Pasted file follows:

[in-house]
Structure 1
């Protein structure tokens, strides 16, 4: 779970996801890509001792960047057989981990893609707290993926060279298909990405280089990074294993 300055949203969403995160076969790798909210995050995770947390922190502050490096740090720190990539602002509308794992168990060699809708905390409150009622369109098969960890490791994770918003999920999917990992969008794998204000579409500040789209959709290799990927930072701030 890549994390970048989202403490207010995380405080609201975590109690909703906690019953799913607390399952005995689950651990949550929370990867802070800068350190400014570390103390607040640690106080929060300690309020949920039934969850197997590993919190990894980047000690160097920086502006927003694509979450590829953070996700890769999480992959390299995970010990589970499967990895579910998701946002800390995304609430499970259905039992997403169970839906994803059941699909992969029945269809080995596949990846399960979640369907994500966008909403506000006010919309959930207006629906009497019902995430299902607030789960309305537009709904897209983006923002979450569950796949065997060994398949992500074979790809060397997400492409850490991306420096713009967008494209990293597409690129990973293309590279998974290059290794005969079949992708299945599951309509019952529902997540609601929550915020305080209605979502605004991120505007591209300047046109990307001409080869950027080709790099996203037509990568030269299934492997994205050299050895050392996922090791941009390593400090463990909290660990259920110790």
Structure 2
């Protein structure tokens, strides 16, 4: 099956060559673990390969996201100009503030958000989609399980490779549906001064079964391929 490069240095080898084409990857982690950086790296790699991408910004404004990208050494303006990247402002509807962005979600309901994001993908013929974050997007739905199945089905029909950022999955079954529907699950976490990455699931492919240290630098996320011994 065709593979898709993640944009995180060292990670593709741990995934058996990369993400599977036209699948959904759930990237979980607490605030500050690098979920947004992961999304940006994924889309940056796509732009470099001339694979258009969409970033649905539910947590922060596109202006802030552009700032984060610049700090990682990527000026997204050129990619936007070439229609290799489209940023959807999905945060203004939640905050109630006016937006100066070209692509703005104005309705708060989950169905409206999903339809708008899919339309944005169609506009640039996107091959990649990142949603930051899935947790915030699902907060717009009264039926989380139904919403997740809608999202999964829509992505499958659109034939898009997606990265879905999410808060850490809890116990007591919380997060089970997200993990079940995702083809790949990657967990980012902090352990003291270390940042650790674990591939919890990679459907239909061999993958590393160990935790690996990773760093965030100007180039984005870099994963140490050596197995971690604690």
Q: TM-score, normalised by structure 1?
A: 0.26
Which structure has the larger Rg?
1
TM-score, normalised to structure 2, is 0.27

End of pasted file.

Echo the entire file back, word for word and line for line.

[in-house]
Structure 1
């Protein structure tokens, strides 16, 4: 779970996801890509001792960047057989981990893609707290993926060279298909990405280089990074294993 300055949203969403995160076969790798909210995050995770947390922190502050490096740090720190990539602002509308794992168990060699809708905390409150009622369109098969960890490791994770918003999920999917990992969008794998204000579409500040789209959709290799990927930072701030 890549994390970048989202403490207010995380405080609201975590109690909703906690019953799913607390399952005995689950651990949550929370990867802070800068350190400014570390103390607040640690106080929060300690309020949920039934969850197997590993919190990894980047000690160097920086502006927003694509979450590829953070996700890769999480992959390299995970010990589970499967990895579910998701946002800390995304609430499970259905039992997403169970839906994803059941699909992969029945269809080995596949990846399960979640369907994500966008909403506000006010919309959930207006629906009497019902995430299902607030789960309305537009709904897209983006923002979450569950796949065997060994398949992500074979790809060397997400492409850490991306420096713009967008494209990293597409690129990973293309590279998974290059290794005969079949992708299945599951309509019952529902997540609601929550915020305080209605979502605004991120505007591209300047046109990307001409080869950027080709790099996203037509990568030269299934492997994205050299050895050392996922090791941009390593400090463990909290660990259920110790």
Structure 2
């Protein structure tokens, strides 16, 4: 099956060559673990390969996201100009503030958000989609399980490779549906001064079964391929 490069240095080898084409990857982690950086790296790699991408910004404004990208050494303006990247402002509807962005979600309901994001993908013929974050997007739905199945089905029909950022999955079954529907699950976490990455699931492919240290630098996320011994 065709593979898709993640944009995180060292990670593709741990995934058996990369993400599977036209699948959904759930990237979980607490605030500050690098979920947004992961999304940006994924889309940056796509732009470099001339694979258009969409970033649905539910947590922060596109202006802030552009700032984060610049700090990682990527000026997204050129990619936007070439229609290799489209940023959807999905945060203004939640905050109630006016937006100066070209692509703005104005309705708060989950169905409206999903339809708008899919339309944005169609506009640039996107091959990649990142949603930051899935947790915030699902907060717009009264039926989380139904919403997740809608999202999964829509992505499958659109034939898009997606990265879905999410808060850490809890116990007591919380997060089970997200993990079940995702083809790949990657967990980012902090352990003291270390940042650790674990591939919890990679459907239909061999993958590393160990935790690996990773760093965030100007180039984005870099994963140490050596197995971690604690």
Q: TM-score, normalised by structure 1?
A: 0.26
Which structure has the larger Rg?
1
TM-score, normalised to structure 2, is 0.27